chapter  IX
20 Pages


THIS chapter may fitly begin with a quotation which records a very favourite argument employed by Sir E. Chadwick as to the bearing of the Malthusian theory on the problem of the Poor Law.'

He declared, says Sir B. VV. Richardson, vol. i. p. 127, that he had never known anyone investigation "which did not reverse every main principle and almost every assumed chief elementary fact on which the general public, parliamentary committees, politicians of high position, and often the Commissioners themselves, were prepared to base legislation." In order to prove this startling proposition, the following illustrations were supplied :-

"1. As regards pauperism, the prevailing doctrine, founded on the theory of Malthus, was that the general cause of pauperism was the pressure of population on the means of subsistence, and that the chief remedy for pauperism was extensive emigration. But the evidence brought before the Commission on Poor Law Administration showed that this was not the case, and afterwards, when, through the advocates of the Malthusian theory, provisions were made for the emigration of paupers from over-burdened districts, the demand was not shown as had been expected. In one district, where there were full 30,000 recipients of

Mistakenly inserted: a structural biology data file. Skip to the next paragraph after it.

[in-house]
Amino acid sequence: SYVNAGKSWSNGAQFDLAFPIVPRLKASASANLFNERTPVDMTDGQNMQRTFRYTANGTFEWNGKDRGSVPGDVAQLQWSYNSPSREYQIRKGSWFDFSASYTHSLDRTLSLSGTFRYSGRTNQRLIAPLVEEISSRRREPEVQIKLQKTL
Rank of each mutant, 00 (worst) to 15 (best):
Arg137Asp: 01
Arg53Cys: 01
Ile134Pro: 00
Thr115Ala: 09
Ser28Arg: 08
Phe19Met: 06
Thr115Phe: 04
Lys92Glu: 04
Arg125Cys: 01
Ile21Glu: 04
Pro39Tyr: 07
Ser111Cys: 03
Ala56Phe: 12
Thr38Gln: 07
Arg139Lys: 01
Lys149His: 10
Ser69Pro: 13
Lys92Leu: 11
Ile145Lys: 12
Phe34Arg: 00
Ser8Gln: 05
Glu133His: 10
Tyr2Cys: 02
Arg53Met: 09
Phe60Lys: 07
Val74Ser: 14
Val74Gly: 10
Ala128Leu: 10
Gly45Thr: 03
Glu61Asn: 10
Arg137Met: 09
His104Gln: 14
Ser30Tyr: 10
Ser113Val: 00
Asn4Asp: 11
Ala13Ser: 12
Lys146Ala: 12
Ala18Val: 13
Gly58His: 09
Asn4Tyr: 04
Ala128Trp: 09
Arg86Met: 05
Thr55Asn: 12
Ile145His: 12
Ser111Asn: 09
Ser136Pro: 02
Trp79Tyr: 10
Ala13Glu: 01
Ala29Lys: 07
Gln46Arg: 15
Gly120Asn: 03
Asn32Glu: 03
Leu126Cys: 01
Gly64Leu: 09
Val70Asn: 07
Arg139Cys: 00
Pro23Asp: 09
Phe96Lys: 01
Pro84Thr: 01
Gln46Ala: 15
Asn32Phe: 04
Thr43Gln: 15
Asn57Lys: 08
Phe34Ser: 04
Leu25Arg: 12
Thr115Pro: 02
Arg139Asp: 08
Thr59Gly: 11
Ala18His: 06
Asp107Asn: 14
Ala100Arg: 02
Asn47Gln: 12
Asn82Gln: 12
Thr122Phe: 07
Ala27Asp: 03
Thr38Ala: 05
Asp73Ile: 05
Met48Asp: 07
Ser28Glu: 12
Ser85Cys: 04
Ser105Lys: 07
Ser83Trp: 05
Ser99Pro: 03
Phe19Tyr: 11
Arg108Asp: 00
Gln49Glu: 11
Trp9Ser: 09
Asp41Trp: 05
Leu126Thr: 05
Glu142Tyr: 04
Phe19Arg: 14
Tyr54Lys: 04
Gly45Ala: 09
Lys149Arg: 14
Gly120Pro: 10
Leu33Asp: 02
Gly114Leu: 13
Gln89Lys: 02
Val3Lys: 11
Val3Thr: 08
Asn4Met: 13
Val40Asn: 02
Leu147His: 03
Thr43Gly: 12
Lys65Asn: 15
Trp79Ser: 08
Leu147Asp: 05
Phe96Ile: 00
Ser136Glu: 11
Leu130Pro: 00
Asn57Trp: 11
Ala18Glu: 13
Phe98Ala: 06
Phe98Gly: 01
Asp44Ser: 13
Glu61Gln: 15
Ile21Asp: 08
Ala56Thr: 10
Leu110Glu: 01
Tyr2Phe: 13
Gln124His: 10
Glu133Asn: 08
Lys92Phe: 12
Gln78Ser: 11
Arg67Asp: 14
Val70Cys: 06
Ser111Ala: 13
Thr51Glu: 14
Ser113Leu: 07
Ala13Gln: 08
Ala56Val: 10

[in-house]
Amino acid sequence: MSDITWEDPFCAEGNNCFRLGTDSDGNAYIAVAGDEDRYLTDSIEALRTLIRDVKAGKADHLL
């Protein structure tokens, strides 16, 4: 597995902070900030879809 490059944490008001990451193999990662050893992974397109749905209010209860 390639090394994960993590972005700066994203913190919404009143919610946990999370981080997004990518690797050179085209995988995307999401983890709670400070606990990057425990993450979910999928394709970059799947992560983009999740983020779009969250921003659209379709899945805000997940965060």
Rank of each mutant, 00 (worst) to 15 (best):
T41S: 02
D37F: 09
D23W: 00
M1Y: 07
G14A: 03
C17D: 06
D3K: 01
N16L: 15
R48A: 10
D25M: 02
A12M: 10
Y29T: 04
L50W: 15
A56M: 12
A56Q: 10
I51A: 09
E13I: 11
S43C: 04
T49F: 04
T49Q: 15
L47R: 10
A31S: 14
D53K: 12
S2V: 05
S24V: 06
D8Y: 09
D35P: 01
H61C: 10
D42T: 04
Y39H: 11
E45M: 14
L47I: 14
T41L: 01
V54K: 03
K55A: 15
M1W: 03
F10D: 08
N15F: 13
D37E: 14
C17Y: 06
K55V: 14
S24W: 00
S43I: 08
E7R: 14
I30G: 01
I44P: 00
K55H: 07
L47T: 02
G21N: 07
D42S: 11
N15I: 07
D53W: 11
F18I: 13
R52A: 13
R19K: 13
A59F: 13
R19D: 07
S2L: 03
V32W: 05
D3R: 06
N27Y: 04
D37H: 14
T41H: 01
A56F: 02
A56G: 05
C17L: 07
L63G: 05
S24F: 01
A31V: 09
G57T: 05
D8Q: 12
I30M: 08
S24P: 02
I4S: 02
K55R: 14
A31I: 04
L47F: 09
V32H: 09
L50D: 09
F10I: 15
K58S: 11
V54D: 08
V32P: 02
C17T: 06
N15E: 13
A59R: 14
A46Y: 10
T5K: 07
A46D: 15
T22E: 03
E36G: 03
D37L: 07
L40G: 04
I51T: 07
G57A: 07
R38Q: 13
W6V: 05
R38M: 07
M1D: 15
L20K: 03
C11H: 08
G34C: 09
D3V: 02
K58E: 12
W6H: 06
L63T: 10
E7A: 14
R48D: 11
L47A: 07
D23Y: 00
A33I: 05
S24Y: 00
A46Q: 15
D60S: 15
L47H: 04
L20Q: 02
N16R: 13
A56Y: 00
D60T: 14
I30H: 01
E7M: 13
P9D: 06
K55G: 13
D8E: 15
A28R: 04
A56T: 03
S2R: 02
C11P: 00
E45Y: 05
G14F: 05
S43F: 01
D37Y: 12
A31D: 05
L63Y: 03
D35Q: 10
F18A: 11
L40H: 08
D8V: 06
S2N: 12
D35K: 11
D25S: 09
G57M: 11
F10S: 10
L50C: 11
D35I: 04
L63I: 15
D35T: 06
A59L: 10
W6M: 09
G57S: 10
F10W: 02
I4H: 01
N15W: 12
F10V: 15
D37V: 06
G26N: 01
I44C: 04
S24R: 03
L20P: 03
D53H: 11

out-door relief before the passing of the Poor Law Act, there was afterwards great difficulty, and notwithstanding all the exertions of the emigration agents, to fill two emigrant ships; and those persons who were removed by emigration were, except in a few cases, above the classes for whom the Act was intended."